2. The contract entered into by the defendant, the
plaintiff^ and the other insurance companies, fully settles
what amount of this sum of $5,000 each company shall pay.
Applying the words of the contract to the $6,000 due
Woodward, it reads : ** And will, when and as required by
the committee hereinafter mentioned, contribute to and pay
said Woodward $5,000, pro rata ; that is to say, each com-
pany shall pay such proportion (of said $5,000) as the
amount insured by said company (the St. Paul Fire &
Marine Insulrance Co.) shall bear to the whole amount
insured on said property by all the companies subscribing
to this agreement." In other words, the St. Paul Fire &
Marine Ins. Co. will pay to Woodward ^^<s% (or jY) of
$5,000, which amounts to $294.10.

8. Having entered into this contract specifying the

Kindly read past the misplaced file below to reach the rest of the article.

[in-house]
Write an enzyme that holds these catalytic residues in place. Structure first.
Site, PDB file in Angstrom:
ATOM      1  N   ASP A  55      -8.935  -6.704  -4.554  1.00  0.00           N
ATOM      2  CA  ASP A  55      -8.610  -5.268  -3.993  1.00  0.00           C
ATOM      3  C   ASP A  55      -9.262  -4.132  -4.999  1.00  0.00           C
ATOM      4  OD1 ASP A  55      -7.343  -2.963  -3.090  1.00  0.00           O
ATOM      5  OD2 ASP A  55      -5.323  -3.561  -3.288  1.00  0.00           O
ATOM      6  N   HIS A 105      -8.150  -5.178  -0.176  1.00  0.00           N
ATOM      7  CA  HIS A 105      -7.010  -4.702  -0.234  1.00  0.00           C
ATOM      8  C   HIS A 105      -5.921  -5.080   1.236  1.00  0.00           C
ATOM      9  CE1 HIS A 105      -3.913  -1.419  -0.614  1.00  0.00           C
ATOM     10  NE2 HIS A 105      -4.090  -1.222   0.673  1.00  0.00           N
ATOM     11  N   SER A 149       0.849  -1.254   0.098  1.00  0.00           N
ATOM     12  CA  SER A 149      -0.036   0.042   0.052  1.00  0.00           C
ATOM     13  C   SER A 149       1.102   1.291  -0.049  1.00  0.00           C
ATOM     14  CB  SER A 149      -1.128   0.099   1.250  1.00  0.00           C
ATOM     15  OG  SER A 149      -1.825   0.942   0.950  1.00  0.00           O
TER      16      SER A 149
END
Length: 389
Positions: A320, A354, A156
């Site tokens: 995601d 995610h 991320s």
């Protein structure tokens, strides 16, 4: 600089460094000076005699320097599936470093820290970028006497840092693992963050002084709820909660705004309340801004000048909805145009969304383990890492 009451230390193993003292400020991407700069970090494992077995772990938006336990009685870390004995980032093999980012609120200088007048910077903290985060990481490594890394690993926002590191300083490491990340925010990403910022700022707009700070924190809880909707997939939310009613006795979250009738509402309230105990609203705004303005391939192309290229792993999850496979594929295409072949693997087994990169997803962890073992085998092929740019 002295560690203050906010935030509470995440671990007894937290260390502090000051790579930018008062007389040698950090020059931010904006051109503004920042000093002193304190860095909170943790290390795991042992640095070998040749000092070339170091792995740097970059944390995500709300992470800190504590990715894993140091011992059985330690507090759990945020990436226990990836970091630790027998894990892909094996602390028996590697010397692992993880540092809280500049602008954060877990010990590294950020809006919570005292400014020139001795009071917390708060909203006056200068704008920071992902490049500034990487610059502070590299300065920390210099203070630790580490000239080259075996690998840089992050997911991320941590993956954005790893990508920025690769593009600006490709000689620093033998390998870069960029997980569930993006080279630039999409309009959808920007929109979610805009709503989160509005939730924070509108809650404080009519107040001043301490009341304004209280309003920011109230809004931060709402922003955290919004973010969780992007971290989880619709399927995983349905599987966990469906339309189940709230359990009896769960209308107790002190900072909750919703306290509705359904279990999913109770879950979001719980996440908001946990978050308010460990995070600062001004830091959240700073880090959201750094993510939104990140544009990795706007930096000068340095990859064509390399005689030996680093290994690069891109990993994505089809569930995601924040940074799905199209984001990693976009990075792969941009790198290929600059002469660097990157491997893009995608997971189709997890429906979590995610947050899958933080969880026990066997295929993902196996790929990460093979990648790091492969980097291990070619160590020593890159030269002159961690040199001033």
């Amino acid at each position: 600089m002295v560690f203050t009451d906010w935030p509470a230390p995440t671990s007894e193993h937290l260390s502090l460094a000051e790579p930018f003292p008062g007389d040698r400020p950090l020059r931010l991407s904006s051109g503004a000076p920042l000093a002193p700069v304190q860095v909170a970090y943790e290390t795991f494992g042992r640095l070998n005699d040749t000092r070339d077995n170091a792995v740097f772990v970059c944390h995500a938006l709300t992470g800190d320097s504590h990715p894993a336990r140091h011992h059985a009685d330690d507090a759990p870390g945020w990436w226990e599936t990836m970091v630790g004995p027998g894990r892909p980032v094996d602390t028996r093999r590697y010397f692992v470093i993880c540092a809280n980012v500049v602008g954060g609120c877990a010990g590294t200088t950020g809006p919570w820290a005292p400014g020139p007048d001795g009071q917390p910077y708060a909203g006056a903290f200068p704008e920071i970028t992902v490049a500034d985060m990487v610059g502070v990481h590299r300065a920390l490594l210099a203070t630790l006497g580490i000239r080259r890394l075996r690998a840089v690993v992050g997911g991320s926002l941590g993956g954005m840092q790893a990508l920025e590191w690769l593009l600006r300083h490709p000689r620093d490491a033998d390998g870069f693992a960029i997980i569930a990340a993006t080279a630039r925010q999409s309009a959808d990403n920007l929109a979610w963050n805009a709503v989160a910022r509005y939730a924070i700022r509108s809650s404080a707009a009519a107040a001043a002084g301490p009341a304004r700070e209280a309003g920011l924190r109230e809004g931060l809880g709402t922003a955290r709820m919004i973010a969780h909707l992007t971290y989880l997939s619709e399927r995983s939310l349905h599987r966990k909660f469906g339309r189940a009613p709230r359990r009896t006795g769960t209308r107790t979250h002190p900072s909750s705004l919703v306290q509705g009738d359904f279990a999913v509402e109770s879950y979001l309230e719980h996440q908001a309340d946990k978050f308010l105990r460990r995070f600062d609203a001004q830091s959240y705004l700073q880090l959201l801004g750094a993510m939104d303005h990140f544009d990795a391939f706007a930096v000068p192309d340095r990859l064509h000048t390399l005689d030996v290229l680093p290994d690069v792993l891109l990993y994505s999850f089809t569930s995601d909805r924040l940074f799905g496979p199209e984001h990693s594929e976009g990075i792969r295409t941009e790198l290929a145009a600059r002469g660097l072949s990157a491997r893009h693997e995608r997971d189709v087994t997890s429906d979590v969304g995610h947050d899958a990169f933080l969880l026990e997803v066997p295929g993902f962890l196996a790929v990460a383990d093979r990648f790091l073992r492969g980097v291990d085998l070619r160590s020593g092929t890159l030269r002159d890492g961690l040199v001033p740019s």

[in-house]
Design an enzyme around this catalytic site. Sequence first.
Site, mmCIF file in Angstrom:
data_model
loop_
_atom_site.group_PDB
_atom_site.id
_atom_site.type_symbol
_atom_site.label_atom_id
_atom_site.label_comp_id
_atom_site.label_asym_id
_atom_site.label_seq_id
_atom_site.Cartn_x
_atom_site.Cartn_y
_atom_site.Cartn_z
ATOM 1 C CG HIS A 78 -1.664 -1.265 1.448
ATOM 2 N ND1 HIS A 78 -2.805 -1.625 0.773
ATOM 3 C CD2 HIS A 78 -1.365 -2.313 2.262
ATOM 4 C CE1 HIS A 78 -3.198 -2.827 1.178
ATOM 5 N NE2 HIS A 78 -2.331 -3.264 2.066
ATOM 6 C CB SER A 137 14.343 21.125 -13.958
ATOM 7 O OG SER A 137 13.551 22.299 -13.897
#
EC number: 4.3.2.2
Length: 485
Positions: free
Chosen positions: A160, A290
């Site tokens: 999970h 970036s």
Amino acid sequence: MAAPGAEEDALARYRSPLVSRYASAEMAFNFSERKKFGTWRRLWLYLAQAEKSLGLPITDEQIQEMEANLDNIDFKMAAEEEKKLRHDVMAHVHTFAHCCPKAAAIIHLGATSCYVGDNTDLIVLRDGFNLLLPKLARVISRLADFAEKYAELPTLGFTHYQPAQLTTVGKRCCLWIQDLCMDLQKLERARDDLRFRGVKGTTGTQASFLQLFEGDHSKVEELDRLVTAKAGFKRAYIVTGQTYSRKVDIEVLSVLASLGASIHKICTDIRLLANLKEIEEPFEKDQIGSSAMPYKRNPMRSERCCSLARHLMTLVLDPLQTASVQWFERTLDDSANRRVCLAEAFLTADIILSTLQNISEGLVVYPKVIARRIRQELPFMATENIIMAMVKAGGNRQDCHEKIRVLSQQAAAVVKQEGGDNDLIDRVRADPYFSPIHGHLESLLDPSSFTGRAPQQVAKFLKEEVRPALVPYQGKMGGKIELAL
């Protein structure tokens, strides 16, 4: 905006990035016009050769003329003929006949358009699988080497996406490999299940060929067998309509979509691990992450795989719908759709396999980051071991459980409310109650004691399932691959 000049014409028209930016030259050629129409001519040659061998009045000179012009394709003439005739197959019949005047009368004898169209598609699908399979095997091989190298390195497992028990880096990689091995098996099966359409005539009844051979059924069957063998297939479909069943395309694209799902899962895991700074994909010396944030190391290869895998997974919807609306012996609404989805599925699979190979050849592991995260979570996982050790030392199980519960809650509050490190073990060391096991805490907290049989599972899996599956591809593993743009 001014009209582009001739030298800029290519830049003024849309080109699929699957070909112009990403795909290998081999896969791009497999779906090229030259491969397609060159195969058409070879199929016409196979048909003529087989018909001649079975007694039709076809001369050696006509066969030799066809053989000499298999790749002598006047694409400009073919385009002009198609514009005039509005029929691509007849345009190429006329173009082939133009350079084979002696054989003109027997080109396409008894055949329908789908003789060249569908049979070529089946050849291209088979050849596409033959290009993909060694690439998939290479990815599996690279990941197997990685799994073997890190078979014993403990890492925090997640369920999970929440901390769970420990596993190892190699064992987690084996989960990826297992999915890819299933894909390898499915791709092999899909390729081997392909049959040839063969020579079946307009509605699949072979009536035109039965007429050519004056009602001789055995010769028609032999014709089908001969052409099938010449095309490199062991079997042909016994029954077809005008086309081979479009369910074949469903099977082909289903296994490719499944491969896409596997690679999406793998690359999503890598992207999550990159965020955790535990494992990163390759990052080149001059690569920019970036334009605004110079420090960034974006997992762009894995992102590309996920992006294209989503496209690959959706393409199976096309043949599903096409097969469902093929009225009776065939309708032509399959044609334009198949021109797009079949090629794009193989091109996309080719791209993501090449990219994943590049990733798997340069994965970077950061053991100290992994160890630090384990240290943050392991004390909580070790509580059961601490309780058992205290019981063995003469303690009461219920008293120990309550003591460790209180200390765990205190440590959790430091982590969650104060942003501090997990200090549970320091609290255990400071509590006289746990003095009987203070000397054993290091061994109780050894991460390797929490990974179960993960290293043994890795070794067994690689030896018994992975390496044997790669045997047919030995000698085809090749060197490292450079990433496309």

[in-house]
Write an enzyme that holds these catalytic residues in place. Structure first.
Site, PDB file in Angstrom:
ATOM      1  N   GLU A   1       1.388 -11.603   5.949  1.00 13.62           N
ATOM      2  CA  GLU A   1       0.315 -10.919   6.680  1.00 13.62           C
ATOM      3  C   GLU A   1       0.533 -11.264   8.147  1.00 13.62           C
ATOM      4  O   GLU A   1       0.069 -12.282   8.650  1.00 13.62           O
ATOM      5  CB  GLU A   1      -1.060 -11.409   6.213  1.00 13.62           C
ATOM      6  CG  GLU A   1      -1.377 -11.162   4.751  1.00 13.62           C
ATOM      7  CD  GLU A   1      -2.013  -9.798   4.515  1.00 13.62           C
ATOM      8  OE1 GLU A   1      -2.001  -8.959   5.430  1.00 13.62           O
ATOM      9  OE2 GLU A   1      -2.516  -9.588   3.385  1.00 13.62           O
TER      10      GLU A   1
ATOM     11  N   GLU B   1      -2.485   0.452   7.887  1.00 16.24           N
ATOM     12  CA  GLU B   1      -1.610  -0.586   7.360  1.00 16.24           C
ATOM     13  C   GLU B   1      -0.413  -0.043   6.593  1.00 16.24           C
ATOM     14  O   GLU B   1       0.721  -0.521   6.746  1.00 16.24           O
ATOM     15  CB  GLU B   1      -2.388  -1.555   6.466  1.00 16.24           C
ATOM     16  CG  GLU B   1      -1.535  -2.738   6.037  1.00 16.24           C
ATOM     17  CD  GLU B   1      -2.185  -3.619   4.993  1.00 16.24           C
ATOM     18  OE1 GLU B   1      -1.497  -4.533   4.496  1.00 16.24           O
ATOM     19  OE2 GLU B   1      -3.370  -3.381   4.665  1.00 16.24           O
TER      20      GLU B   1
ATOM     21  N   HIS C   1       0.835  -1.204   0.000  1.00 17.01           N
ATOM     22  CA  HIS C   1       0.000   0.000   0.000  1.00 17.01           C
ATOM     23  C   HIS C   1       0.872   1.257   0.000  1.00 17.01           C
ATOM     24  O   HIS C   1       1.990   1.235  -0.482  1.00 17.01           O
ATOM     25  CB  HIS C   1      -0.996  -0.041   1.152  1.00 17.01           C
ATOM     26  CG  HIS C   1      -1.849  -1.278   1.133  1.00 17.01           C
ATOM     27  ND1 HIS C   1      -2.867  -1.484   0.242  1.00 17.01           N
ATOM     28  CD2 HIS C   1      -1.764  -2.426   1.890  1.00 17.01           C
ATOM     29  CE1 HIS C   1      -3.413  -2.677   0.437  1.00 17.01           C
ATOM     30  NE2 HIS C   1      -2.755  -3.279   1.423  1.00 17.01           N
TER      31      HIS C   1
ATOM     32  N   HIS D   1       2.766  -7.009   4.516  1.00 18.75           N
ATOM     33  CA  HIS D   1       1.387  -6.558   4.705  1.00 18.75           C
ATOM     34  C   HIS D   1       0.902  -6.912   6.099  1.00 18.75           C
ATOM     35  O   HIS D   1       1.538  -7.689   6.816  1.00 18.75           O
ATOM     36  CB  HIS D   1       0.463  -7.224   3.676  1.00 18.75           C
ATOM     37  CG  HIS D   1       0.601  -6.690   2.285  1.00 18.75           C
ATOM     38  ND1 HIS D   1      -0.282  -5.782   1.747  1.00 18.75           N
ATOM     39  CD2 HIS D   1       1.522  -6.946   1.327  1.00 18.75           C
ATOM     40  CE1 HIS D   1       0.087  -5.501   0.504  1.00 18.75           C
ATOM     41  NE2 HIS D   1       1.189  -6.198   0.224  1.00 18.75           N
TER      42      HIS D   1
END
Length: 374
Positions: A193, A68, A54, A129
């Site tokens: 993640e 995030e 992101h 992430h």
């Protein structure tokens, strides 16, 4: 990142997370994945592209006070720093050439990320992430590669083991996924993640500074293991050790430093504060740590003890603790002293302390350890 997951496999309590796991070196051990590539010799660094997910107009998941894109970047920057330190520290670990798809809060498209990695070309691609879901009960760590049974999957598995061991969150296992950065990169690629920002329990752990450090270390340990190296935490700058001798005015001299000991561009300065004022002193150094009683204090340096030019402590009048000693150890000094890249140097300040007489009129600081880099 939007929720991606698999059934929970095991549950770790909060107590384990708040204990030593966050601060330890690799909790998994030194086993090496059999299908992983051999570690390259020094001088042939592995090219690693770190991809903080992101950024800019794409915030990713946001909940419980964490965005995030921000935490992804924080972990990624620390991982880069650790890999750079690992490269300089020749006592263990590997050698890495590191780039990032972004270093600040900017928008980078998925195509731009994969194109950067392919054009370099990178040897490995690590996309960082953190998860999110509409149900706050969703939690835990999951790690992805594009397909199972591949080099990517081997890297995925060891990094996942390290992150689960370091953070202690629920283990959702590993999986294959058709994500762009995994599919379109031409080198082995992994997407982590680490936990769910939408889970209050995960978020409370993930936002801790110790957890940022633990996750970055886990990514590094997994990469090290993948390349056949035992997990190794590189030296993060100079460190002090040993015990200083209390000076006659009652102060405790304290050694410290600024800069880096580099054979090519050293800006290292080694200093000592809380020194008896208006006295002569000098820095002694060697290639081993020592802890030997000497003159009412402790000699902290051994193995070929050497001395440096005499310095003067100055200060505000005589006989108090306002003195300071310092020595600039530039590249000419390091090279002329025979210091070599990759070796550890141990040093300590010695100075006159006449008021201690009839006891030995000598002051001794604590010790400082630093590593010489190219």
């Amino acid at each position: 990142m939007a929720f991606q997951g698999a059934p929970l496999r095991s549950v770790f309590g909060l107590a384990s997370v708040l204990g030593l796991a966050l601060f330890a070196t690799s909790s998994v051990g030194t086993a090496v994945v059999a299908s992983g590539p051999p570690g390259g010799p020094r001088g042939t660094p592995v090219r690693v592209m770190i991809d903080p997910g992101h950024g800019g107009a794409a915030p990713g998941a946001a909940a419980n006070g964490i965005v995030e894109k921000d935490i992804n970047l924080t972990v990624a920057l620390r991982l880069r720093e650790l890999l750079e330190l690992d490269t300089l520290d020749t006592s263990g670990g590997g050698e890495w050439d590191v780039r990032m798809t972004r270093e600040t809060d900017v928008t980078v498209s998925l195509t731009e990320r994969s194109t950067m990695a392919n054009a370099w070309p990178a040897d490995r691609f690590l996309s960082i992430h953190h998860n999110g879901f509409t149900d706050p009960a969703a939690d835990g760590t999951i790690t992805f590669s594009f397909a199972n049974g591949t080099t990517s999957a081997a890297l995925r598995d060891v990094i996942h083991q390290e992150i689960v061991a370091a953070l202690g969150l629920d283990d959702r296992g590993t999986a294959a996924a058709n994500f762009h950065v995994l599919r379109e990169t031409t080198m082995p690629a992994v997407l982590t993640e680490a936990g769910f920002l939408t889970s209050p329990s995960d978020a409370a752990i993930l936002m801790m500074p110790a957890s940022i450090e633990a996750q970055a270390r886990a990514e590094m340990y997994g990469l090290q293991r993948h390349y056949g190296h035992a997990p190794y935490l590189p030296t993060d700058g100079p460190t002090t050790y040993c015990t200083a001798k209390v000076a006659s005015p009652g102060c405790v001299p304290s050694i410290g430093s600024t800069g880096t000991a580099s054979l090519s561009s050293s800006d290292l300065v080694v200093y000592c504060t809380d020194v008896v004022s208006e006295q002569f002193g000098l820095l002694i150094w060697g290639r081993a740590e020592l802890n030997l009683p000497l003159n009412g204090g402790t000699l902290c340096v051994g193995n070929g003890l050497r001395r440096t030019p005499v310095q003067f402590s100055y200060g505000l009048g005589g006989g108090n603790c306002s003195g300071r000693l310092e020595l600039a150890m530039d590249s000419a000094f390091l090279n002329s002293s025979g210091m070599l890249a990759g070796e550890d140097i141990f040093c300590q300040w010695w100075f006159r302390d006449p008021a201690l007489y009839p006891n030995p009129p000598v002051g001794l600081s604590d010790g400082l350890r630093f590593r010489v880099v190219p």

amount that each company shall pay, and that they are
not ea^h liable for the whole amount, they are bound by it,
and the plaintiff is not entitled to contribution from the
defendant, for either the insolvexit companies or those
beyond the jurisdiction of the court. North v. Brace^ 80
ConlA., 60 ; Bering v. Earl of Winehelsea^ 2 Bos. & Pul.,
270 ; 1 Leading Cases in Equity, (H. & W. notes,) 96, and
cases there cited ; Armitoffe v. Ftdver^ 87 N. York, 494 1
Brandt on Suretyship & Guaranty, § 252.

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JUNE TERM, 1882. 241

Security Ins. Go. v. St. Paul Ins. Co.

4. Before the plaintiff can claim contribution in this
case, it must show that the defendant was either jointly or
severally bound and hold en for the same obligation that the
plaintiff was. Under this contract there is no such obliga-
tion. The plaintiff was holden and bound to pay a certain
distinct sum, (a definite part of the $5,000,) and no one
else was either jointly or severally liable for the same
sum ; and so the defendant, and each of the other companies
signing the agreement, assumed alone and individually a
certain distinct sum, and no one company was liable, either
jointly or severally, for any of the others.